This page has a list of all of the elements. You might also want to check out the Periodic Table page for more info.
There's a good chance you've heard of these.
These are silver-colored, soft, low-density metals that are highly chemically reactive. They are never found in pure form in nature, tarnish easily, and have low melting points and densities. They react readily with the halogens and with water.
Alkaline Earth Metals
Rare Earth Metals
The more modern name for these is "inner transition metals". They are highly chemically reactive metals. They catch fire in air very easily, and react with water (which liberates hydrogen from the water). They have higher melting and boiling points than the alkaline earth metals. On the periodic table, these elements are usually kept separate and put right at the bottom, in two rows. This is because the periodic table world be too long, and it wouldn't be able to fit on a piece of paper, if they were put into their proper places.
- Lanthanum (This is also considered a transition metal.)
- Actinium (This is also considered a transition metal.)
These are the metals in the middle of the periodic table. Some people exclude zinc, cadmium, and mercury from being transition metals (those are the three in the rightmost column of this part of the table), because the rest of the transition metals have more chemical properties in common with each other than they do with those three. Still, the transition metals have less in common than most other groups of elements in the table do.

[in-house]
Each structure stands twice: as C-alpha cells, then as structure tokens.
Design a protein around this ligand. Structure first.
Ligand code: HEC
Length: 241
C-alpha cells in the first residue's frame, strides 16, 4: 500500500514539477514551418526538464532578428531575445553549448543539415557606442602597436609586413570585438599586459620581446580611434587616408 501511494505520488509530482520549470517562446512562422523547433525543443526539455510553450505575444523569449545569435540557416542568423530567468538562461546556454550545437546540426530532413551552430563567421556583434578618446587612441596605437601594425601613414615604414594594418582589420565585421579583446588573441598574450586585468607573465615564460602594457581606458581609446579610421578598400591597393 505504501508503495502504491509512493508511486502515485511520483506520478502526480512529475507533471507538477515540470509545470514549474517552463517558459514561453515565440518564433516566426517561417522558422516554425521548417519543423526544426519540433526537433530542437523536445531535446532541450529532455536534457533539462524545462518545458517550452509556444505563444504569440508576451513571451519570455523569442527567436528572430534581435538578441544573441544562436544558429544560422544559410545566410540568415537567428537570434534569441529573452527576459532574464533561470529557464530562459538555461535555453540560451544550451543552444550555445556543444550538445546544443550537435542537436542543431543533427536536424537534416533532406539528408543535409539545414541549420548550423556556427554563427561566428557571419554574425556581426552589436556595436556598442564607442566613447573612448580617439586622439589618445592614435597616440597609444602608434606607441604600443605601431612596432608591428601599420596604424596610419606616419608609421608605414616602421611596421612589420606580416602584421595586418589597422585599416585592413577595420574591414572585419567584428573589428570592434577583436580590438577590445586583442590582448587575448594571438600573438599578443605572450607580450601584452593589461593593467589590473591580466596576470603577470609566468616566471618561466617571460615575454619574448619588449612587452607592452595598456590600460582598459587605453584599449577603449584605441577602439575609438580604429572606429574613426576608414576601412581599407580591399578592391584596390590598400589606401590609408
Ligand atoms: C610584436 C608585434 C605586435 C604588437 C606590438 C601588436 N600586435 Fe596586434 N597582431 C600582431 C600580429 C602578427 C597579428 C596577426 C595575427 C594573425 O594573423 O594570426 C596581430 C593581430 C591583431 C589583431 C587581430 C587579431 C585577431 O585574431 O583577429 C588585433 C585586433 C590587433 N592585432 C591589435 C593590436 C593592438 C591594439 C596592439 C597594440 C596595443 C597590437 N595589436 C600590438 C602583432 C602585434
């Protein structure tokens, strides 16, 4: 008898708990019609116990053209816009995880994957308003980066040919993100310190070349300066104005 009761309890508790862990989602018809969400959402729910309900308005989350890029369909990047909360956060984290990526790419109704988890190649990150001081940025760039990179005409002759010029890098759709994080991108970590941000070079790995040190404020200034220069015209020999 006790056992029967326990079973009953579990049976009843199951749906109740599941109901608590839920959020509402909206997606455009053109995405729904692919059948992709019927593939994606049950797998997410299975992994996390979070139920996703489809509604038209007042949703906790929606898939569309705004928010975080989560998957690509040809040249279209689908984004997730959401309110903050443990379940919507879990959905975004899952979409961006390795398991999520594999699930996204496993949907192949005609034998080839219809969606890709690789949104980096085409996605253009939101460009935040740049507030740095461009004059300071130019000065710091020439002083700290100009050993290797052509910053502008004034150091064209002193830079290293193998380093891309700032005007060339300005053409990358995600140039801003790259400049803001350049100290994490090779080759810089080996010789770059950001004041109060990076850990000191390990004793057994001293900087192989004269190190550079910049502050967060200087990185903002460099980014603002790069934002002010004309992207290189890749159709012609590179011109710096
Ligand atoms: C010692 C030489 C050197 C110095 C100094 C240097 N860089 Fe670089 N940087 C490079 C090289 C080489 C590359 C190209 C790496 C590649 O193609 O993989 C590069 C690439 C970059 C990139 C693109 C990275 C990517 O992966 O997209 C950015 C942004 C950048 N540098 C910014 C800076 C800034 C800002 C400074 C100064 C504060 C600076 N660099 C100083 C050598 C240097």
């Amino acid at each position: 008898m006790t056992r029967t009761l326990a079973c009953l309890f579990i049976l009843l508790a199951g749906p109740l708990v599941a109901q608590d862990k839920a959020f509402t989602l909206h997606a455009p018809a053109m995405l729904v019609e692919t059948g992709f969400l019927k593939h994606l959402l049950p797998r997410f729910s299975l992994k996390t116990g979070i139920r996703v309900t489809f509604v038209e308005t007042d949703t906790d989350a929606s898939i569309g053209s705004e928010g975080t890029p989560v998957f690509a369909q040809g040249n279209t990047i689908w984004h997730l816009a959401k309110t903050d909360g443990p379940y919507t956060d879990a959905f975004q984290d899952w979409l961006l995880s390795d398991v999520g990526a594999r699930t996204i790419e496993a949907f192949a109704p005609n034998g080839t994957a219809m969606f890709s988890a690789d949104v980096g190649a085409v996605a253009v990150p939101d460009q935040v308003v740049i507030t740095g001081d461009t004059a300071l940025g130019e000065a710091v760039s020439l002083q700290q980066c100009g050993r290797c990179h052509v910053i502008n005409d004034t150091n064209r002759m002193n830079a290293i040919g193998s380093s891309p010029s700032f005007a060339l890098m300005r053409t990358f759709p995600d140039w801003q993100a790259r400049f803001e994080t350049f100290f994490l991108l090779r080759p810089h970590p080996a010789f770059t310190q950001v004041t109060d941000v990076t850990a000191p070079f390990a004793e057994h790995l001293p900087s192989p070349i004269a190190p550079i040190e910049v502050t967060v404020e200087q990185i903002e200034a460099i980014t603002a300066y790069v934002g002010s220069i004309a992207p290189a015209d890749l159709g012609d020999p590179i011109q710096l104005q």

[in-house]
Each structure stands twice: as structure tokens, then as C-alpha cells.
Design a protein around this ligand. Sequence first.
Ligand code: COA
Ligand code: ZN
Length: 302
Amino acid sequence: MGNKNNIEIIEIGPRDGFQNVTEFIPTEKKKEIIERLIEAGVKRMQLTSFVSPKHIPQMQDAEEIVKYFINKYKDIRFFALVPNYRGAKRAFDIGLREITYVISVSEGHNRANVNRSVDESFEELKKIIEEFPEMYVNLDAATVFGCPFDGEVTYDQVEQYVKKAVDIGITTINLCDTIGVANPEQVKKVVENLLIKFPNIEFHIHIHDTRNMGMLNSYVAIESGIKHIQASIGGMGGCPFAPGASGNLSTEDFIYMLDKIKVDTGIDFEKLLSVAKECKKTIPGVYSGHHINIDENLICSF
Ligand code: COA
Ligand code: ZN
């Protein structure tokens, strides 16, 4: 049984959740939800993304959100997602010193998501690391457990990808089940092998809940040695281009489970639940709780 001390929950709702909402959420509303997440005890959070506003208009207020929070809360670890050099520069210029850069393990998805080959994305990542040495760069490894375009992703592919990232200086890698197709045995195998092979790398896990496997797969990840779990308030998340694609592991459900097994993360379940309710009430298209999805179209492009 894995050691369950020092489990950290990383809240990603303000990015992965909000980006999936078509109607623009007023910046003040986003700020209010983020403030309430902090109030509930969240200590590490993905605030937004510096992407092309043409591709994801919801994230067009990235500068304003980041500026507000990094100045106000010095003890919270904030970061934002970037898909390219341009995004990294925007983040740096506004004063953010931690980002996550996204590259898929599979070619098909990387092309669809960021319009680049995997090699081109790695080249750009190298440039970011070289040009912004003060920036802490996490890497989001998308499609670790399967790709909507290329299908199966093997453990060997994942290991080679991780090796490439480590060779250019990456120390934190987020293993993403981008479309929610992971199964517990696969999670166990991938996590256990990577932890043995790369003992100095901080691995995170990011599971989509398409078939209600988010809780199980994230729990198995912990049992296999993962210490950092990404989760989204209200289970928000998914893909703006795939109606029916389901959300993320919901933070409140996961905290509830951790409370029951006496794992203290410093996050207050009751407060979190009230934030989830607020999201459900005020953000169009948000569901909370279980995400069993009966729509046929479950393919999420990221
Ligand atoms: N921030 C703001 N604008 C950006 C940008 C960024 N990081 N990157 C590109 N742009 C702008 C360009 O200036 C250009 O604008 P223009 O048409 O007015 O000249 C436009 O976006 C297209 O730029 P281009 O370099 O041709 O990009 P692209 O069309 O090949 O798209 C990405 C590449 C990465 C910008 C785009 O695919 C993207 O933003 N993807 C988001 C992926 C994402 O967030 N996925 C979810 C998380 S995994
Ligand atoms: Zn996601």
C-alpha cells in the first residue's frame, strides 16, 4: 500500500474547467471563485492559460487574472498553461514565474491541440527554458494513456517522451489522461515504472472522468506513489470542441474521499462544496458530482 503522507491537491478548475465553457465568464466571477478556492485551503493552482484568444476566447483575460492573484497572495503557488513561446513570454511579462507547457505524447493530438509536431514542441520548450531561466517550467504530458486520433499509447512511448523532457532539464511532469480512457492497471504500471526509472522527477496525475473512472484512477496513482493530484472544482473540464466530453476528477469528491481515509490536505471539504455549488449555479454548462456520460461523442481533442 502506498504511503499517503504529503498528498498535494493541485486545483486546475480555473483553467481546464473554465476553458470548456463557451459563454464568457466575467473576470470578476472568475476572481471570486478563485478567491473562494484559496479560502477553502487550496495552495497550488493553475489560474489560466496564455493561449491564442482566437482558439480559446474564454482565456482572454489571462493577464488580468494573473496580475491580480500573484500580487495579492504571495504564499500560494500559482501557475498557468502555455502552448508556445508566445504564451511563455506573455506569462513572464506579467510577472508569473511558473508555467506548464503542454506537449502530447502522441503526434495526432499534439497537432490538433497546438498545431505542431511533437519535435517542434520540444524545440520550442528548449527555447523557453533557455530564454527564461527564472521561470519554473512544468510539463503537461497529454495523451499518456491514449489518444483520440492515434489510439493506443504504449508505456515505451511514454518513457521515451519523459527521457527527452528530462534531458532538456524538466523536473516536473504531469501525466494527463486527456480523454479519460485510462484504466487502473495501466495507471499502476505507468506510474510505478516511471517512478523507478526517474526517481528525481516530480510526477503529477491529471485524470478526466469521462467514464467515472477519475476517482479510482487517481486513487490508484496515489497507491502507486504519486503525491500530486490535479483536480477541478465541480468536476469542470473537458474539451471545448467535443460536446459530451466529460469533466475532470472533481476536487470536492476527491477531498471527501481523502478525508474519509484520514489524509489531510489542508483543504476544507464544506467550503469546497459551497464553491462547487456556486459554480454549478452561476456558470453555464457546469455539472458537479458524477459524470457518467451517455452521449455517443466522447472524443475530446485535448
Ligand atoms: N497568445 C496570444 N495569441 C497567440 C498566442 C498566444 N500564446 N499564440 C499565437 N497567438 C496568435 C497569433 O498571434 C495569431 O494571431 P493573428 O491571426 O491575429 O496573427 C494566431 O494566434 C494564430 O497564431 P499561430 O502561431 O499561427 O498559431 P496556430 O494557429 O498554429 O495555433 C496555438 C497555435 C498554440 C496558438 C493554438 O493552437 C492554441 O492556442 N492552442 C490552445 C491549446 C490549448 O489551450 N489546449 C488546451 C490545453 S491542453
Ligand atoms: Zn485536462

- Zinc (Some people don't count this as a transition metal.)
- Cadmium (Some people don't count this as a transition metal.)
- Lanthanum (This is also considered a rare earth metal.)
- Mercury (Some people don't count this as a transition metal.)
- Actinium (This is also considered a rare earth metal.)
These have properties of both metals and non-metals.
At ordinary temperatures and pressures, these are all odorless, colorless gases that are relatively difficult to involve in chemical reactions.
The halogens are highly chemically reactive, so that in sufficient quantities they can be harmful or lethal to living things. Several of them are used as disinfectants.
Newly discovered elements
Some elements were discovered recently, or are too radioactive for scientists to know which type of element they are. Because of this, their place in the periodic table is only temporary and might change if scientists learn more about them.